You can also use the pen tool to build your edge spots. The basic idea is to make sure they line up with your grid segments as shown above. You can copy these to the six o'clock position on your design by rotating and copying them then moving them to the 36.5 mm position on the y axis. Then if you select all four edge spots you can simply rotate 90 degrees and copy for the remaining edge spots.
Once you've got these lined up you can go ahead mess with their shape however you like by using the pen tool or pathfinder tricks to make them look more authentic or original. It's really up to you. And it's not really that necessary at this point to do the trimming of the squares to fit the circular design of the chip. We can always do that trimming for you or it can be done using a layer mask. It's not that important. What's really important is to make sure the edge spots align with your grid segments.
The next part is where this will all fall into place. You can open the Illustrator template for the 39 mm edge on our Design Guide page or you can create a document that is 125.5 mm high by 3.3 mm wide in Illustrator and fill it with a base rectangle of the same size. This is the rolling edge of the poker chip. Now instead of using the Polar Grid you'll want to use the Rectangular Grid. Keep in mind that you'll want to match the number of segments that were created in the previous example. We have 48 grid segments for the face of the chip. The Rectangular Grid is a little trickier. You can use the outer rectangle as a frame or not - it's your choice. I usually check it. But you always want the number for vertical dividers to be one less than the Polar Grid radial dividers. That's because that outer rectangle is counted as one vertical divider. So you will always have to use one less vertical divider. In this case we use 47 in order to get 48 rectangular grid segments.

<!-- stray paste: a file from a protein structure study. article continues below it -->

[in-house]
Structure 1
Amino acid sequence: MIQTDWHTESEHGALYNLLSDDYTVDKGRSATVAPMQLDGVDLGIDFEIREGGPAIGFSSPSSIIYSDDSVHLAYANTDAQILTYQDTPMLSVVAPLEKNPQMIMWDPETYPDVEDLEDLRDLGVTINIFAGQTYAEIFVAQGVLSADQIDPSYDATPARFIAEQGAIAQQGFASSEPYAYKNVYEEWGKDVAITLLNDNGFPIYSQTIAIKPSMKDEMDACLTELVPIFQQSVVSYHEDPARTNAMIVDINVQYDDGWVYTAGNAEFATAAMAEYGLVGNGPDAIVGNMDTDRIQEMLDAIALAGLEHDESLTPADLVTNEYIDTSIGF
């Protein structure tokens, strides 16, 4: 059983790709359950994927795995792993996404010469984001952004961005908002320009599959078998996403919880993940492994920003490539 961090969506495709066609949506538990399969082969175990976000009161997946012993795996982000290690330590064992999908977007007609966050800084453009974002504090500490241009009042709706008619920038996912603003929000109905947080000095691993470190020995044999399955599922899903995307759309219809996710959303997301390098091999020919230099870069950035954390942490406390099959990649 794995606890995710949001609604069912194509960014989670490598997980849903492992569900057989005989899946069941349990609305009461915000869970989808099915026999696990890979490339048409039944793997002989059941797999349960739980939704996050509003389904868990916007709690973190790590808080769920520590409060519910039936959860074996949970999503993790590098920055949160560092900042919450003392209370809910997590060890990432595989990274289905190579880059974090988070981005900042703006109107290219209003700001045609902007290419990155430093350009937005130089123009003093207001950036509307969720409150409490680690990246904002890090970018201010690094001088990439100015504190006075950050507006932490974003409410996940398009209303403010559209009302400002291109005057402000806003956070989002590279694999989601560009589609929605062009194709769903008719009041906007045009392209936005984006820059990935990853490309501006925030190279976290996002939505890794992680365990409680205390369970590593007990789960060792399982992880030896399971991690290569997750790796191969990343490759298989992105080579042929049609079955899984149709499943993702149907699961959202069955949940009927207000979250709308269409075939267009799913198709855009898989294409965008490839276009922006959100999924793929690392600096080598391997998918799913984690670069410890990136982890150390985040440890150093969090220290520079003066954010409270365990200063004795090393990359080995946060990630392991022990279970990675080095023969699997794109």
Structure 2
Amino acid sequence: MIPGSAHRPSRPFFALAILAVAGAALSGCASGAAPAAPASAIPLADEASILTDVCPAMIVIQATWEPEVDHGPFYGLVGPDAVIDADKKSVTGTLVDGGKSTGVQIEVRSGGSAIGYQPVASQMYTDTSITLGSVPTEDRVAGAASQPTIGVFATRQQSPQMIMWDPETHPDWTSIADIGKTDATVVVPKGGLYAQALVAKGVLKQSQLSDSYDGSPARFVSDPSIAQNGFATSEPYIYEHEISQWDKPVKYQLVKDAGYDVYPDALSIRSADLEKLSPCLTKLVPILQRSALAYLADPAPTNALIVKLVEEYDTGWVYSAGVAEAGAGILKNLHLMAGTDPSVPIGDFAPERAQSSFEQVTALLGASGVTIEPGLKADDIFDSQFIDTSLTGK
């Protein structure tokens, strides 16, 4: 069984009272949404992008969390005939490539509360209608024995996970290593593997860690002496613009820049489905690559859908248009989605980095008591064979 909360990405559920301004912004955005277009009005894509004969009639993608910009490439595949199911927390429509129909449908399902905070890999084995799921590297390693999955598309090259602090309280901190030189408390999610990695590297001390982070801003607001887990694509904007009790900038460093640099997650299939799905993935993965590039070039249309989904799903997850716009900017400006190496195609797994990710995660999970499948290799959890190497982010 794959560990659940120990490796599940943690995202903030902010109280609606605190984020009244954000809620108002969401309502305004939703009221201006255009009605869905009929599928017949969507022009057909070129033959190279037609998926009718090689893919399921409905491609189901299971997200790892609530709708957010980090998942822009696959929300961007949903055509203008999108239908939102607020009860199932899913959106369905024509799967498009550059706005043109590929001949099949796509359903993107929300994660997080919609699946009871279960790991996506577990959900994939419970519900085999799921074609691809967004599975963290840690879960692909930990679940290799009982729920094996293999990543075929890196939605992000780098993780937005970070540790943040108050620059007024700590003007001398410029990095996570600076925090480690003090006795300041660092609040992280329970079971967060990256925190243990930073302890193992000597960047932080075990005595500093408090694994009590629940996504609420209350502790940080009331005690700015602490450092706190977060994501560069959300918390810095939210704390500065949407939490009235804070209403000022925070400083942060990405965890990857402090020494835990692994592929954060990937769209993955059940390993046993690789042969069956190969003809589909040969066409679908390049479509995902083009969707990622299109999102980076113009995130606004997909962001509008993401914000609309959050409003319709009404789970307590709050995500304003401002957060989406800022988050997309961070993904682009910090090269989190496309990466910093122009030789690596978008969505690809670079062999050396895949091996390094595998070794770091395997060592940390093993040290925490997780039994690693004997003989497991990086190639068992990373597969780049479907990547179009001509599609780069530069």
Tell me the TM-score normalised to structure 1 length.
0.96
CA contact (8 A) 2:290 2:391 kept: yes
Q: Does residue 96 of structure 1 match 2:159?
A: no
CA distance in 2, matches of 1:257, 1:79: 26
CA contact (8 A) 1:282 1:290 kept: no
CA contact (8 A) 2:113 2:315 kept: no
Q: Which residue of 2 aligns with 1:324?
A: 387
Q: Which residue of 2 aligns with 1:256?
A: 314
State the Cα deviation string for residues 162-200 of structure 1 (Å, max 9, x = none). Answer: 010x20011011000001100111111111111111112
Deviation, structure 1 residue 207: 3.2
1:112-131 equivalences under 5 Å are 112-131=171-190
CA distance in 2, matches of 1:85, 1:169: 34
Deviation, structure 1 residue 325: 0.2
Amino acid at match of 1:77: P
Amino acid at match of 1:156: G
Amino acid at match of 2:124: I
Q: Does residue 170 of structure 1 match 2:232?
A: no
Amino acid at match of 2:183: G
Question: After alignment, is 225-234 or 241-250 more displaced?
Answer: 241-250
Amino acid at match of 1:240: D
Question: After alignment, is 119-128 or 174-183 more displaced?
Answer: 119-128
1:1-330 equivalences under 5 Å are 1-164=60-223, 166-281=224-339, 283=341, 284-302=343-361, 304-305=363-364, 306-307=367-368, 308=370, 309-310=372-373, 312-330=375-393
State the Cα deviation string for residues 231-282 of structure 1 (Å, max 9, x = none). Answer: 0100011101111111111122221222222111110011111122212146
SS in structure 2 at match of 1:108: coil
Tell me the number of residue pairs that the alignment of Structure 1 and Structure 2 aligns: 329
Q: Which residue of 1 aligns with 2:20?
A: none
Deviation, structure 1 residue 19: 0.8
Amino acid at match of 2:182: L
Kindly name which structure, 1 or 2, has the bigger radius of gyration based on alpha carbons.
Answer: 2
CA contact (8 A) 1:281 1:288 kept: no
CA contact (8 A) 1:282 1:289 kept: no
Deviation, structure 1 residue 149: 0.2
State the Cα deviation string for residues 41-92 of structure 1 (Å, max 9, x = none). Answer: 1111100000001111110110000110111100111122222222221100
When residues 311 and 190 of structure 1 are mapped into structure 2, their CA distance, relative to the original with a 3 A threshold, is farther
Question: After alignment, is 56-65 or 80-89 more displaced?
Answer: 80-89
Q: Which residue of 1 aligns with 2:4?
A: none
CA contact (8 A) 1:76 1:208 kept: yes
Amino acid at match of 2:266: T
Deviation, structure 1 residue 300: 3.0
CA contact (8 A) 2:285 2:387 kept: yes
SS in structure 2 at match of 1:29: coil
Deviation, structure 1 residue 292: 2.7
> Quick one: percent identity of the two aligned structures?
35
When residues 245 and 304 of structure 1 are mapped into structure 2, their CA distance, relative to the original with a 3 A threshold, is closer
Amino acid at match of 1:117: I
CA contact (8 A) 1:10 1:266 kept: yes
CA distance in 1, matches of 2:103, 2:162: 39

Make sure it's centered on the artboard, there is a stroke weight for the guide lines and it's in the top layer but don't lock it down just like you did with the Polar Grid. Now you can use those grid segments to set up the aligning edge spots. It's very simple from that point on.
There are all kinds of cool tricks you can use this for in your designs. For instance, if you wanted to wrap a snake around your poker chip you could use this to achieve that quite easily. In this case it's a simple 8 spot alignment. Do remember though that if you want these alternating edge spots to align to the second face of the chip you'll need to make a second chip face and do a vertical reflection of those original edge spots. That's the trick of alternating edge spots.
And even more important you can always ask us to do your artwork for free when you place an order with us. Also if you have questions regarding this or any other poker chip design dilemmas please feel free to send me an email to firstname.lastname@example.org.
Old West Poker Supplies LLC